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The Symbolic Without the Father

Woman is one of the names-of-the-father

Tommy, the Anatomy of a Trauma

Never, Will I Stoop to Wanting Anything Else

Rena Grant

Characterhysterics II

Gaze-bo, Videbo — I Shall See —

La Can-Can Française

A Camille for the Nineties


A Visit to East Wallingford, Vt.

Hoboken Palace Gardens

Instead (4 Times)

Interview with
Charles Long


Interview with Rena Grant


Josefina Ayerza


I first glimpsed Rena at the initial meeting of the Paris-New York Psychoanalytic Workshop, codirected by Stuart Schneiderman and Jacques-Alain Miller — at Barnard College, Columbia University, the Fall of 1987.
She didn't look like anybody else. Already her illogical, unseasonable clothing — feet bare inside high heeled shoes in the middle of the winter, body wrapped in abstruse layers of brown — her longish spread of hair, her enormous eyes, made for a bizarre magnetism and a radical presence.
If Rena had a seat with a subliminal name, in the sense that no one would sit there even if she didn't come to the Seminar, it wasn't only because she carried the regular crowd of at least two or three hard-core punk students with her. An ongoing show, Rena in the class embodied revolt; whether it was against Stuart Schneiderman himself — our Lacanian professor — or maybe contra some celebrated guest who dared confront her stance — Oh! She would scream at them! However, the thick Scottish accent, the lilting quality of her voice, the seductiveness of her wit, added up to Rena's self-confident posture calling on a "Lacanian, feminist, Marxist mode of analysis."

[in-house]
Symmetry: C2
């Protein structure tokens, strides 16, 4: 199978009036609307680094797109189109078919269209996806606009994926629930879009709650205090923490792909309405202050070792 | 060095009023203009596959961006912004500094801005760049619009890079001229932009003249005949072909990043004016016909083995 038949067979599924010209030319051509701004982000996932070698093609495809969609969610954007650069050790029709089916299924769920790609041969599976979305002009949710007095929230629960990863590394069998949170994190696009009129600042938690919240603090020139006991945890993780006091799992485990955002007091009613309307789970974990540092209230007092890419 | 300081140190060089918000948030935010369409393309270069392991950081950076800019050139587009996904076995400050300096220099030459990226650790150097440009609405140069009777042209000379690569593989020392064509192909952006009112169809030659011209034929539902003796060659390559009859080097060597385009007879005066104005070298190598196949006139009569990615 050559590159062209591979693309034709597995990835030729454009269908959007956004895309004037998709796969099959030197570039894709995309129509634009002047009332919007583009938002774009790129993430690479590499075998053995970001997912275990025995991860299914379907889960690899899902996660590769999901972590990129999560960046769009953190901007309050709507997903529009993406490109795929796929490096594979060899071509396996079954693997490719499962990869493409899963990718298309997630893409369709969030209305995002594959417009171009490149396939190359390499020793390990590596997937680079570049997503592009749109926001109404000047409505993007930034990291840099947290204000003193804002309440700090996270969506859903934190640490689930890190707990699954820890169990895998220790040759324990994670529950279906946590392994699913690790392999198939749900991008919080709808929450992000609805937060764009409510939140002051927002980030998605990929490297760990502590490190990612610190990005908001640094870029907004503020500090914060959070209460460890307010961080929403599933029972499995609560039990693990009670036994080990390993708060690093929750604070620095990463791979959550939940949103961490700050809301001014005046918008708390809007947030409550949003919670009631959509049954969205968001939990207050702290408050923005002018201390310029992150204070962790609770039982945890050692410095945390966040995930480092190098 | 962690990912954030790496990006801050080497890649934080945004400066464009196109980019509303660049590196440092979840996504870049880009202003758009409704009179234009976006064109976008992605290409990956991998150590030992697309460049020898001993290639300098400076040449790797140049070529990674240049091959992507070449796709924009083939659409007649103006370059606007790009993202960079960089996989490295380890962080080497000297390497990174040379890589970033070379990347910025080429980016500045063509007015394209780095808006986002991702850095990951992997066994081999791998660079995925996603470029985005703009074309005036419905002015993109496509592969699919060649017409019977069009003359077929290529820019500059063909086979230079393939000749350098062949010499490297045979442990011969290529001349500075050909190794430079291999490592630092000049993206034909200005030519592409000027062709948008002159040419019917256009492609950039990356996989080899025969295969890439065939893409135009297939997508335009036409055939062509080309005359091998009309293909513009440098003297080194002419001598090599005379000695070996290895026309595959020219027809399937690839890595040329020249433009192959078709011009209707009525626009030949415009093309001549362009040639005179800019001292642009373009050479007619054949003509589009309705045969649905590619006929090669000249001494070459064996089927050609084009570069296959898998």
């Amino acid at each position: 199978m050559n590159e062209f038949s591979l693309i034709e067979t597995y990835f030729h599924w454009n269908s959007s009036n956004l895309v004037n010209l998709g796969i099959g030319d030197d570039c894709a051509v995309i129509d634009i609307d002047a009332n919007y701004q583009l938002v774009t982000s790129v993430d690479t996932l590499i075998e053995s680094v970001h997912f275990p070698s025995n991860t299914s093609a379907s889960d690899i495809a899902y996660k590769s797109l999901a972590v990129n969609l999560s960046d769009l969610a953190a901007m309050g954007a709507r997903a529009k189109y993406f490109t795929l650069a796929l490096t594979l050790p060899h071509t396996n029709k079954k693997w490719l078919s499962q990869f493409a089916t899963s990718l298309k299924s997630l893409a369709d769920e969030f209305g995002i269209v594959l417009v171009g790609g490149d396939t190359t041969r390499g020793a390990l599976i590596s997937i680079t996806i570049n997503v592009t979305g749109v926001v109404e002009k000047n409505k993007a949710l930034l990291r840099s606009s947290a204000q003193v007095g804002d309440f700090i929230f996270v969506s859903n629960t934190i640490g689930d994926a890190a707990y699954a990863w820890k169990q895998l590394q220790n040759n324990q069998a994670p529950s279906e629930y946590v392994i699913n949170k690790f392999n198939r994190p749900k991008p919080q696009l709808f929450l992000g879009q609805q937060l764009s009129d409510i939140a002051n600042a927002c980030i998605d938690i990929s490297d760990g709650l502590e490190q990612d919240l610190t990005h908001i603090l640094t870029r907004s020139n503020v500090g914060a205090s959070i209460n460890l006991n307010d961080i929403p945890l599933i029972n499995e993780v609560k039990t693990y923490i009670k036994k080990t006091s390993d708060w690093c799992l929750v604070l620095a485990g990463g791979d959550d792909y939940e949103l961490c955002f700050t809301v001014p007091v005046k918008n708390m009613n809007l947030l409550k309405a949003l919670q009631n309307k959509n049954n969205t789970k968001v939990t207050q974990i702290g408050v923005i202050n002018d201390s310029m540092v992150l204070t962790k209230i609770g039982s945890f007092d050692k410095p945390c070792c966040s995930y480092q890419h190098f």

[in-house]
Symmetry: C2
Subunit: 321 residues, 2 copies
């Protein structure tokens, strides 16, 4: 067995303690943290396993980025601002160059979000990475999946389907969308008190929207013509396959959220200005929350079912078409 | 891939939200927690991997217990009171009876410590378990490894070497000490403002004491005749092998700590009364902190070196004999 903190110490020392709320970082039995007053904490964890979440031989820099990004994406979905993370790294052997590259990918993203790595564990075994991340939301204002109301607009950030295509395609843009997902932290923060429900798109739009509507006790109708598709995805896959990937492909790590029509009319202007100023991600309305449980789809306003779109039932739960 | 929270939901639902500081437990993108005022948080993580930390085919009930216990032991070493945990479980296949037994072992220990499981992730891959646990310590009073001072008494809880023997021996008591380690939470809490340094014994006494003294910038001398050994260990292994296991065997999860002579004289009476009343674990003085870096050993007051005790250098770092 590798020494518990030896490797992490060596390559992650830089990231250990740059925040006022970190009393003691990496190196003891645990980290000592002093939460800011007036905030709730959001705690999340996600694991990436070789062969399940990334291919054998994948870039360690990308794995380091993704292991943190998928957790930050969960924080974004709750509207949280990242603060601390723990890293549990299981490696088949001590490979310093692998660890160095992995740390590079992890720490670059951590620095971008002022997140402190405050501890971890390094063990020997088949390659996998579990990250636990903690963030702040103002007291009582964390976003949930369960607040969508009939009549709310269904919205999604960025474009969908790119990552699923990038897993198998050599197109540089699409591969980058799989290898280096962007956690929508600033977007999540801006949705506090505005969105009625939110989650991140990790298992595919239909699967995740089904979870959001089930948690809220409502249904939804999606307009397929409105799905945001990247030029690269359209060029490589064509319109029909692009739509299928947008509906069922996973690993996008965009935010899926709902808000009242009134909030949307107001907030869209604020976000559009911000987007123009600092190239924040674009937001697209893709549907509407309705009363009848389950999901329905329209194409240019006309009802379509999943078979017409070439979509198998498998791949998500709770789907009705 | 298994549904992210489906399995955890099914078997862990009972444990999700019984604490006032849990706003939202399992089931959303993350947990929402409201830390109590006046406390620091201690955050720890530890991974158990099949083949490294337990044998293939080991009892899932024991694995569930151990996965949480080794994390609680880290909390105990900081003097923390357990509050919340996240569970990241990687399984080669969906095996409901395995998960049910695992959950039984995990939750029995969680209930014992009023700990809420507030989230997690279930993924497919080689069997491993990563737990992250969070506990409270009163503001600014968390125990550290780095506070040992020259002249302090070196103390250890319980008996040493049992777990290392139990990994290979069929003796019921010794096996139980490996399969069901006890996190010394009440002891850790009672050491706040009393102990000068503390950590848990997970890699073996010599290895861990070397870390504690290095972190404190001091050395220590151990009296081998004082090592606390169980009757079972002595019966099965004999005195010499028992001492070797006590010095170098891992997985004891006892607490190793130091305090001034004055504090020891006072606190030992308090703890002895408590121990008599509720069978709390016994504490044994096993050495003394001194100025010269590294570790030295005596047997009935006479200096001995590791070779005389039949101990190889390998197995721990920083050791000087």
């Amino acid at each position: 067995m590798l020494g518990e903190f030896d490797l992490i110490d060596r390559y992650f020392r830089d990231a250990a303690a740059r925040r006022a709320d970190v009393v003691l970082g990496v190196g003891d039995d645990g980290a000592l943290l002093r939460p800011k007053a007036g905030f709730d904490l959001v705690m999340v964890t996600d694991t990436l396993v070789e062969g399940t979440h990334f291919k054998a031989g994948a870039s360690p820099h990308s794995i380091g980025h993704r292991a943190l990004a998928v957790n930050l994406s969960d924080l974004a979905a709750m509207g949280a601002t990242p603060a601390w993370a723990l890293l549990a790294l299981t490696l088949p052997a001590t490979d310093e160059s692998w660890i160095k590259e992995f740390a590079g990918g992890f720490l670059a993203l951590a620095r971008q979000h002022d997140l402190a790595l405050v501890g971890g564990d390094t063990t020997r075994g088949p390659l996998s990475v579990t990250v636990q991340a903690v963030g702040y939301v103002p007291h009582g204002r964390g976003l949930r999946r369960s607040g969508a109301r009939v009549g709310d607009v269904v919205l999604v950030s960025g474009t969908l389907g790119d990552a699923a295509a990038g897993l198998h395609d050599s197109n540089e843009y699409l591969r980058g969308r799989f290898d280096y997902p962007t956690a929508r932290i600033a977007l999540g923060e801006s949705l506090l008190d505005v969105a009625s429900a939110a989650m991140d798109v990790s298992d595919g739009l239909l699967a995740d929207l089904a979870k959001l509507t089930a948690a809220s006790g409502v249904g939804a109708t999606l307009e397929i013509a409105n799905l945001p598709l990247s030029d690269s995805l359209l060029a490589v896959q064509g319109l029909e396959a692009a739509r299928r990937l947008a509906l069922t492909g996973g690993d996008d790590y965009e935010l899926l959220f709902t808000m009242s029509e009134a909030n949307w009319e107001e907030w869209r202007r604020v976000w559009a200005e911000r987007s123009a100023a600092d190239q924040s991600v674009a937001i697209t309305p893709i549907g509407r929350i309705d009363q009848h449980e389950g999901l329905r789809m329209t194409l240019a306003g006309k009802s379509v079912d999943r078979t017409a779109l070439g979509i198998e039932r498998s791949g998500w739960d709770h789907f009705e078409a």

1 The class would combust when cases like Freud's Dora2 were seen through the new perspective.
Several months into the Seminar, instead of shyly hiding in the crowd as usual, I brought myself forth through the suggestion of the institution of a Lacan study group. Rena's voice raised in marvel:
— What Lacan?
Said I — The one and only...
I shivered... How had I come to call aloud such a glib response? The delight in Rena's face, mischievous, daring, was by now answering a secret question to myself — if I liked her so much, feared her as well, it was because her rule was always amazement, indeed challenge. Would she jump at me as she often did with others in the classroom? She surprised me once again when she said no more; and how soon the silence became unbearable.
Baffled, I walked my way to the blackboard — the professor, my analyst, had suggested I write my name and phone number in white chalk. The class done with, Rena addressed me in the elevator — where are you from? where do you live? why do you want to assemble a Lacanian study group? It didn't take long for us to decide on a drink at some bar in the neighborhood. She ordered a scotch on the rocks, myself a glass of red wine, she ordered another scotch on the rocks, myself a glass of red wine, she ordered another scotch on the rocks, myself a cappuccino... Our conversation wandered from her being a teacher in the Literature Department of Columbia, to me being what they call a Lacanian; from her living and erring in the University area most of the time, to me trying to settle down in NYC; from her enjoying transgression in the meanderings of the libido, to me being mesmerized by her skill and her guts.
Through the next three years, the radiance of the Paris-New York Workshop gleaming, we managed to have a constant sort of fun which pursued through long talks on the phone, episodes in bars, and such deviant situations as Rena winning an award for the best personal ad in the Village Voice. No limit for her outrageous hilarity, she advertised about her looks, age, and talents; winning the suitors to meet her at some coffee shop. The waitress on her side, the suitors had often to linger in vain while she hid out of view: of the forty men that came, she found only one to like. This doesn't mean she kept him forever.